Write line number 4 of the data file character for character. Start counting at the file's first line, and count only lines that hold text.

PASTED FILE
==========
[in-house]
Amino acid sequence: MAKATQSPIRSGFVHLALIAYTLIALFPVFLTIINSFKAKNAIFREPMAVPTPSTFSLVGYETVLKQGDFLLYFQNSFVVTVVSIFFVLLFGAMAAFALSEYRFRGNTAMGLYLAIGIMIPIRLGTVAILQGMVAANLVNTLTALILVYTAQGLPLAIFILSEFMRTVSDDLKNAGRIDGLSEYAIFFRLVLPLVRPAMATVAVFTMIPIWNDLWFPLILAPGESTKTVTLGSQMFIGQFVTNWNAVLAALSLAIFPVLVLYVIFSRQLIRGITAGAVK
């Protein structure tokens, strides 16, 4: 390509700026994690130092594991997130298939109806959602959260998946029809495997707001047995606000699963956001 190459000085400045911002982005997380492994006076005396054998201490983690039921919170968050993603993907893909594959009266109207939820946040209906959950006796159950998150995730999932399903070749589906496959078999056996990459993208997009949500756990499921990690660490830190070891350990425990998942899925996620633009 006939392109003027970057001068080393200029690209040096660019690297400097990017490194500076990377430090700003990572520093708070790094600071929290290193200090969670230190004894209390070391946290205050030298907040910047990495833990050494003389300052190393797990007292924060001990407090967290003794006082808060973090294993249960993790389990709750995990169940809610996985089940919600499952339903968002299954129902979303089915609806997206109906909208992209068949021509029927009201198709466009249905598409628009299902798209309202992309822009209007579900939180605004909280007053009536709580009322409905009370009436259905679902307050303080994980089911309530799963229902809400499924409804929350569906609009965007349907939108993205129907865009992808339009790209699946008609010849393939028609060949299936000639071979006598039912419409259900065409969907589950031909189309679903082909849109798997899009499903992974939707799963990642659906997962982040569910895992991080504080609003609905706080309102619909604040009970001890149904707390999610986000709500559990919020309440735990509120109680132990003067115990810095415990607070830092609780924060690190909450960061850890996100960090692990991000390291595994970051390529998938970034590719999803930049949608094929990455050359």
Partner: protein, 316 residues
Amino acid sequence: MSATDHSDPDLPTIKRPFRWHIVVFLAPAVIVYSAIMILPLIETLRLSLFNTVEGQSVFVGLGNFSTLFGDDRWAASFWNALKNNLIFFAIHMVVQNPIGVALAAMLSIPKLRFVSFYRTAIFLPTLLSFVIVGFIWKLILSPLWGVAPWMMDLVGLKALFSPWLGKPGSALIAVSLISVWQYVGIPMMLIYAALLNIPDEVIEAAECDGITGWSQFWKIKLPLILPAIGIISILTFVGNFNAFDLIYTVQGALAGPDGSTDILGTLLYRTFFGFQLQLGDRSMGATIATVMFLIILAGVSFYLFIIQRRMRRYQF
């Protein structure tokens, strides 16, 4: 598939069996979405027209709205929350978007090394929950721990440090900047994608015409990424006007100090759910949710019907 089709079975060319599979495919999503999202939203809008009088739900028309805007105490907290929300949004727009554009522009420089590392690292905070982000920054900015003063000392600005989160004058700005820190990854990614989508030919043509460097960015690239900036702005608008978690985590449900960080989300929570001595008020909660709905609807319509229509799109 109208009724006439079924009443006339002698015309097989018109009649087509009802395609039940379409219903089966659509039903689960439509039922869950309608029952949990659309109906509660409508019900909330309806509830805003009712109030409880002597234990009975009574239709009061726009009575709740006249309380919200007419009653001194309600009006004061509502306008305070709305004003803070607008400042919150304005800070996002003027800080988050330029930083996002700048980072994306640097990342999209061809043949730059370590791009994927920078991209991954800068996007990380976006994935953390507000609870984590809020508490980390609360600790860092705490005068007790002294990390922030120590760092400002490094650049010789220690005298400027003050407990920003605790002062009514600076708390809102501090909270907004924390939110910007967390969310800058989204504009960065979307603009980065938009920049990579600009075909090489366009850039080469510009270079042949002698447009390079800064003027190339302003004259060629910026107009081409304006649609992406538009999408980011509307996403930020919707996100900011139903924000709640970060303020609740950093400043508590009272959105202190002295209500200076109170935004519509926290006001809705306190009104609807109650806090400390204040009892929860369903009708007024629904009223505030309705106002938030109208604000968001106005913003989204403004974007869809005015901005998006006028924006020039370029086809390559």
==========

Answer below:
Partner: protein, 316 residues